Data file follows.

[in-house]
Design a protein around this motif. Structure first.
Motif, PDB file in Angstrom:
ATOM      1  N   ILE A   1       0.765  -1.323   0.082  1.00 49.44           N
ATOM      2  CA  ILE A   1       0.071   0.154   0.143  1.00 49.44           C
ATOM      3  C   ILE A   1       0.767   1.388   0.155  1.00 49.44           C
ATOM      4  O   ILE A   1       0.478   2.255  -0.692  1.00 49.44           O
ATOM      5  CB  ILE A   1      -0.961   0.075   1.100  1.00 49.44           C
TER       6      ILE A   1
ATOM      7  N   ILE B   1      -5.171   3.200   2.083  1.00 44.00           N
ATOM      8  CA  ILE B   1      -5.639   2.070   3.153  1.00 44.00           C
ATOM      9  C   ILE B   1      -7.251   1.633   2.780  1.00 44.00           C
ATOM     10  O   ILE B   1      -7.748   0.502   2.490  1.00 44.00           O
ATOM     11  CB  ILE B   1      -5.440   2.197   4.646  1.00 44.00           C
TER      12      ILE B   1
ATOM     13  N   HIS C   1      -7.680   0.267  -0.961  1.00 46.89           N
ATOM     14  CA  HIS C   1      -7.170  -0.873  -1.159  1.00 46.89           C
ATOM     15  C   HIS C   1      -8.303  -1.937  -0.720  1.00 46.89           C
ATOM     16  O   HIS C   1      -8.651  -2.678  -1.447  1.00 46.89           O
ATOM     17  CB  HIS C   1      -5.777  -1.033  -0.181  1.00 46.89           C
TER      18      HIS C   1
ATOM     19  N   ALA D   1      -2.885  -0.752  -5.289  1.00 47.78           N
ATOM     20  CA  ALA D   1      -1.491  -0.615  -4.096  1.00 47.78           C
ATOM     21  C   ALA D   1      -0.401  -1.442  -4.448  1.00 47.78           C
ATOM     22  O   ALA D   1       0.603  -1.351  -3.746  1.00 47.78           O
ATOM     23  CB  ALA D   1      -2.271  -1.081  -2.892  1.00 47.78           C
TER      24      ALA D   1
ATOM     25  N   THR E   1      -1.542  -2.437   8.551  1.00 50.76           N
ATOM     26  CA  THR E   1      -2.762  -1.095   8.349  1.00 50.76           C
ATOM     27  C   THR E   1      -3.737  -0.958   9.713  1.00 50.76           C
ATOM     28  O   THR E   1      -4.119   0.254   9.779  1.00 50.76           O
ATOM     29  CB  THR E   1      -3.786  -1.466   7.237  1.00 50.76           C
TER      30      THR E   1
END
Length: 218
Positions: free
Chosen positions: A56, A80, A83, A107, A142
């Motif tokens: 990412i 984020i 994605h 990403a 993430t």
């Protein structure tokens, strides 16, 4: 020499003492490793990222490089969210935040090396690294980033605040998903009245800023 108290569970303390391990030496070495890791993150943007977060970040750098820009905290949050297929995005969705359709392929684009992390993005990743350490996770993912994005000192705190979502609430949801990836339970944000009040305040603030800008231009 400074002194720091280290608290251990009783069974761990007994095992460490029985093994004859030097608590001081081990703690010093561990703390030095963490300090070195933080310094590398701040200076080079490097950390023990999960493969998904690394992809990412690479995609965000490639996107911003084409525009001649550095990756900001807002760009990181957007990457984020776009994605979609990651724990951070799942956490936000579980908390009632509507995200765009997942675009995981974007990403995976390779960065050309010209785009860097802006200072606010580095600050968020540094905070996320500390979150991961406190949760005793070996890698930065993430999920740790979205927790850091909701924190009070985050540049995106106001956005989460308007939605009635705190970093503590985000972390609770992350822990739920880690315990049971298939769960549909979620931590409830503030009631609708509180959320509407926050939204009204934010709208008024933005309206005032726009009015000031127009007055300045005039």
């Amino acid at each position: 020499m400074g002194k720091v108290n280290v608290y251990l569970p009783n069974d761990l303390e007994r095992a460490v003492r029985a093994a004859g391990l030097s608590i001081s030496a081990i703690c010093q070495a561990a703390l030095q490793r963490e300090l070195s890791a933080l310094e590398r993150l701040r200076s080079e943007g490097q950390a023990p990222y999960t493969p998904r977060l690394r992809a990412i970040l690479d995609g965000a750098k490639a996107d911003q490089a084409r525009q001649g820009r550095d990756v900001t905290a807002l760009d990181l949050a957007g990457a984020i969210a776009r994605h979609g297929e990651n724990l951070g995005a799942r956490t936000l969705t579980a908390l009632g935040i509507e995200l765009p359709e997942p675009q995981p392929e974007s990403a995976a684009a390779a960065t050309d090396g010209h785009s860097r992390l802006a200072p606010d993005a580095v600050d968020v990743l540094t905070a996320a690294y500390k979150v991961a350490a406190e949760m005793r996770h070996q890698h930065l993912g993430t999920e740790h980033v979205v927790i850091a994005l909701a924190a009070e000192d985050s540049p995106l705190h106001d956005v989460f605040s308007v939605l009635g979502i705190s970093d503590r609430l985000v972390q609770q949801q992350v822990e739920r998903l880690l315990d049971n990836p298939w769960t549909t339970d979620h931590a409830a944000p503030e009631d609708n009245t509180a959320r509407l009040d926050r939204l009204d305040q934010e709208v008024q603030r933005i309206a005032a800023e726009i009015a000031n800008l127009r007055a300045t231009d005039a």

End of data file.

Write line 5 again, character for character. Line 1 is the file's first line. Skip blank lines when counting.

ATOM      2  CA  ILE A   1       0.071   0.154   0.143  1.00 49.44           C